2) Netanyahu thinks new elections might make it harder for the attorney-general to indict him in one or more of the various corruption cases for which he is currently under investigation. The notion that it would be more difficult for the state to press charges against a newly elected, freshly endorsed Netanyahu has been widely cited in the Hebrew media this week, even though it seems to make little sense. Surely a resort to new elections, a process that is legally required to take at least three months, would constitute an incentive for the state prosecutors to accelerate their investigations and reach a definitive conclusion one way or another on pressing charges before the country goes to the polls.
3) Netanyahu is obsessed by a desire to maximize his control over the media in Israel, as evidenced by his alleged discussion of a quid pro quo deal with Arnon “Noni” Mozes, publisher of Yedioth Ahronoth, Israel’s biggest-selling tabloid. Under this alleged deal, Mozes was supposedly going to give Netanyahu more favorable coverage in Yedioth if the prime minister would curb the reach of the country’s most-read tabloid, Sheldon Adelson’s free, slavishly pro-Netanyahu Israel Hayom. (The alleged Netanyahu-Mozes deal is at the heart of one of the corruption probes afflicting the prime minister; Netanyahu denies any wrongdoing.)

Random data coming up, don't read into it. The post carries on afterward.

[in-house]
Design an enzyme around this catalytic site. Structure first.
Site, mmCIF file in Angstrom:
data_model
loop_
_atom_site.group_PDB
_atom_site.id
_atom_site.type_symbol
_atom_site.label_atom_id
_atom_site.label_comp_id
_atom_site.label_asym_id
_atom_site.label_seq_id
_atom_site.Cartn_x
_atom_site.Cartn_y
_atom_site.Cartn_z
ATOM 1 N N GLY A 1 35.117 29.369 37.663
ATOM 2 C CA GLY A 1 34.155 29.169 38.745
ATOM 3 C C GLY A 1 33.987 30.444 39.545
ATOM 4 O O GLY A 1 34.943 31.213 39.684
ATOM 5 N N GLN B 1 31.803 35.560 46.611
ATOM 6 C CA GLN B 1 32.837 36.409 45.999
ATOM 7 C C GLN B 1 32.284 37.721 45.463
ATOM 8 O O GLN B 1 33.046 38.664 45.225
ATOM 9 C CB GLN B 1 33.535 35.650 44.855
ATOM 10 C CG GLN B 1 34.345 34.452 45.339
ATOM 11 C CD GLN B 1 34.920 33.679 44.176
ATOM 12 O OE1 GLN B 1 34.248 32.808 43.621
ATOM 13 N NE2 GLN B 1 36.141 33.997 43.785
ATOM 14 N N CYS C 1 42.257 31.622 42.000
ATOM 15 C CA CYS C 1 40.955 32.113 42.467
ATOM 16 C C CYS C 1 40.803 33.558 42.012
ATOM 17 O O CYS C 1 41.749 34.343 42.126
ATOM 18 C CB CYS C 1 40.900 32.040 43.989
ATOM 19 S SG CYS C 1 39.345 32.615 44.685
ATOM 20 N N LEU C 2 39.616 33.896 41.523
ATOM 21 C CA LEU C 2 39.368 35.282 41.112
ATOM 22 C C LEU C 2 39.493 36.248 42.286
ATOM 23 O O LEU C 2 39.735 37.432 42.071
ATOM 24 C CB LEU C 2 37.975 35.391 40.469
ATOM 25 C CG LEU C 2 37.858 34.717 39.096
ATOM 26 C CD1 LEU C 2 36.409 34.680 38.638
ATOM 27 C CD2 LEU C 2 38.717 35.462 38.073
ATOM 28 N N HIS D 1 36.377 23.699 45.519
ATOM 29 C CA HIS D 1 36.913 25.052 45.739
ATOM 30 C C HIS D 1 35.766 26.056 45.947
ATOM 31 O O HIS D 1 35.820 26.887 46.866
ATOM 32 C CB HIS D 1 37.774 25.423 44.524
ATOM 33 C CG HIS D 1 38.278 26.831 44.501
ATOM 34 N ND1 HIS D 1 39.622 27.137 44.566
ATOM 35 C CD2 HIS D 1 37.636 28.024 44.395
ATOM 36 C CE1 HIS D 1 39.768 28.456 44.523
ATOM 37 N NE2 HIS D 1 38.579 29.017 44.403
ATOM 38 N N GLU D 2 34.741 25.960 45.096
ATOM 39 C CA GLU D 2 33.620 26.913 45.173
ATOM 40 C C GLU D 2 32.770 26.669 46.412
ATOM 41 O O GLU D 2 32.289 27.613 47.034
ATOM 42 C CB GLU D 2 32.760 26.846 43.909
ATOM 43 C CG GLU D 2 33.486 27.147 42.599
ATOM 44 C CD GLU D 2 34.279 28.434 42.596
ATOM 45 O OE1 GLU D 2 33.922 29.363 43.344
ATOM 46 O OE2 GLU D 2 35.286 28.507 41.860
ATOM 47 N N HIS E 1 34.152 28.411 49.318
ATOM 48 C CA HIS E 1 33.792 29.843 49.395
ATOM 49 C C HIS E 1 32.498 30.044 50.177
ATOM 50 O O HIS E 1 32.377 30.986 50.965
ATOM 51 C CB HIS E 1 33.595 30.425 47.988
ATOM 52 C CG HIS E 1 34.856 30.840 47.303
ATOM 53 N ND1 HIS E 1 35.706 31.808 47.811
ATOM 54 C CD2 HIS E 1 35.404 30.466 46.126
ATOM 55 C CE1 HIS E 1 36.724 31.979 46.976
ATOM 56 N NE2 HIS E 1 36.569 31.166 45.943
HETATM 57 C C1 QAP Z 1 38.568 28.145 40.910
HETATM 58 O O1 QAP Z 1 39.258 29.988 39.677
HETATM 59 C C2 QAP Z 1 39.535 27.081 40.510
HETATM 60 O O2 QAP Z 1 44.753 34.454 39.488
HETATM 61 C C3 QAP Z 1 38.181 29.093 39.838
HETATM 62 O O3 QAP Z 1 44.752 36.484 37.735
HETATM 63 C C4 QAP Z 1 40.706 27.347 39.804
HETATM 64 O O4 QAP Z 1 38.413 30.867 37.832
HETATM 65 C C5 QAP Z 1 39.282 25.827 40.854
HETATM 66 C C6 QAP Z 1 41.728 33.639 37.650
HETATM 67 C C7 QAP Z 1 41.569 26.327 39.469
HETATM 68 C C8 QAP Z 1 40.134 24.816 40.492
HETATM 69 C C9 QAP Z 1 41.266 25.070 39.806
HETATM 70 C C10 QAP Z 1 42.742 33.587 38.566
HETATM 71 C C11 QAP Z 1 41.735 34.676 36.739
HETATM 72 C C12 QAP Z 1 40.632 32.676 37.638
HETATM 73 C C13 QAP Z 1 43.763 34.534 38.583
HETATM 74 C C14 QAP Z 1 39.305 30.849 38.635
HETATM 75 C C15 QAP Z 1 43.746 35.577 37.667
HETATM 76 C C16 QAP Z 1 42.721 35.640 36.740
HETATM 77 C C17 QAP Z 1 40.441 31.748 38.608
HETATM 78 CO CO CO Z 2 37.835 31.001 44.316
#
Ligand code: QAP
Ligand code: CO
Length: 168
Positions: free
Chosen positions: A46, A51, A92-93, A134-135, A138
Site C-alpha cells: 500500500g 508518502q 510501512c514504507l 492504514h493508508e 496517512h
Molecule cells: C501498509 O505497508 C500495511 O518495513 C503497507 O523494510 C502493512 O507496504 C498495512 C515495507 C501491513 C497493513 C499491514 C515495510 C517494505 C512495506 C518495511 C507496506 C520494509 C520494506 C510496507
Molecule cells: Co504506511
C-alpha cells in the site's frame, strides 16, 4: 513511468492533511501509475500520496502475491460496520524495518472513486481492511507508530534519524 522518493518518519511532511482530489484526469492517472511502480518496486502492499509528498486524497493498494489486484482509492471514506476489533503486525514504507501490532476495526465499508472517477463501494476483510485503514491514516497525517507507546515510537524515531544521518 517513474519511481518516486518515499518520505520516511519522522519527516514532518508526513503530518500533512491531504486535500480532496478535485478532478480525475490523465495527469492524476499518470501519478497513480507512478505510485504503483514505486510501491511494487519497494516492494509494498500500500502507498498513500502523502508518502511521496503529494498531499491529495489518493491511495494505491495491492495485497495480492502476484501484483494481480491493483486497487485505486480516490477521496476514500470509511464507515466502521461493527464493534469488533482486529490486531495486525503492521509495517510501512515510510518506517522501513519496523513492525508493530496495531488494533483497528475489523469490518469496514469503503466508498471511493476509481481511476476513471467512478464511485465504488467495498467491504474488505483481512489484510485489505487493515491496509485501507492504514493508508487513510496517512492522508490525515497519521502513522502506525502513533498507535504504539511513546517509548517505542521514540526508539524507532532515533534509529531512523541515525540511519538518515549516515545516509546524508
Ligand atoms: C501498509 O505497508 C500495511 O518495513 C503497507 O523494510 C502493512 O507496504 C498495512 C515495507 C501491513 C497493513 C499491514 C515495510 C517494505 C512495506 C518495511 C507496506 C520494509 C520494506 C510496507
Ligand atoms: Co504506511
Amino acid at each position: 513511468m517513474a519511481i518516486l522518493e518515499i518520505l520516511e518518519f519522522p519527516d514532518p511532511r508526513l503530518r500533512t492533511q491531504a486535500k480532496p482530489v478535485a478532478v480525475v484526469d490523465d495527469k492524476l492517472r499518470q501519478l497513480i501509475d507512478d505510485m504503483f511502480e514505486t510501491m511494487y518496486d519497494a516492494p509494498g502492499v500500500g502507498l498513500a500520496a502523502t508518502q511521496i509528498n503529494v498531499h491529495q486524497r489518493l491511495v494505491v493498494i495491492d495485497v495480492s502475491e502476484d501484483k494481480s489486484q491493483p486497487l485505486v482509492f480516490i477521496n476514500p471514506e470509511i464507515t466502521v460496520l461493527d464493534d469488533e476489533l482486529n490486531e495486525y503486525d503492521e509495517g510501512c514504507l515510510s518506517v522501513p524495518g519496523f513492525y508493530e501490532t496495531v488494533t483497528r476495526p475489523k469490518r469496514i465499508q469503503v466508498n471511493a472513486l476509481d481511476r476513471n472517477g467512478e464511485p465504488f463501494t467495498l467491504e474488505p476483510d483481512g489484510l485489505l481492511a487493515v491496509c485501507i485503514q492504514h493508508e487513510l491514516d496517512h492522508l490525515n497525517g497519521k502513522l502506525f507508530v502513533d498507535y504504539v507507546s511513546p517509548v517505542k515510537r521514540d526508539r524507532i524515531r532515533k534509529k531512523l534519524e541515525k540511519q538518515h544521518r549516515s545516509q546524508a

Netanyahu has become increasingly publicly critical of the media, Trump-style, and recently branded the entire mesh of investigations against him a product of the “left-wing, Bolshevik” media’s efforts to have him indicted. (Was this same “left-wing, Bolshevik” media responsible for the investigation, resignation, and ultimate conviction and jailing of his predecessor, Ehud Olmert, who was following a left-wing agenda when he was forced out of office? Netanyahu didn’t say.) And he has recognized that the new broadcasting corporation is going to be fiercely independent and has hired management and reporters who are not all Netanyahu acolytes.
In this theory, the fact that the new corporation has hired Geula Even-Sa’ar as its main intended news anchor can only have infuriated Netanyahu further. Even-Sa’ar is an experienced and highly regarded news anchor. She also just happens to be married to Gideon Sa’ar, another former Likud minister who is currently on a time-out from politics, but who Netanyahu correctly regards as another potential prime ministerial rival.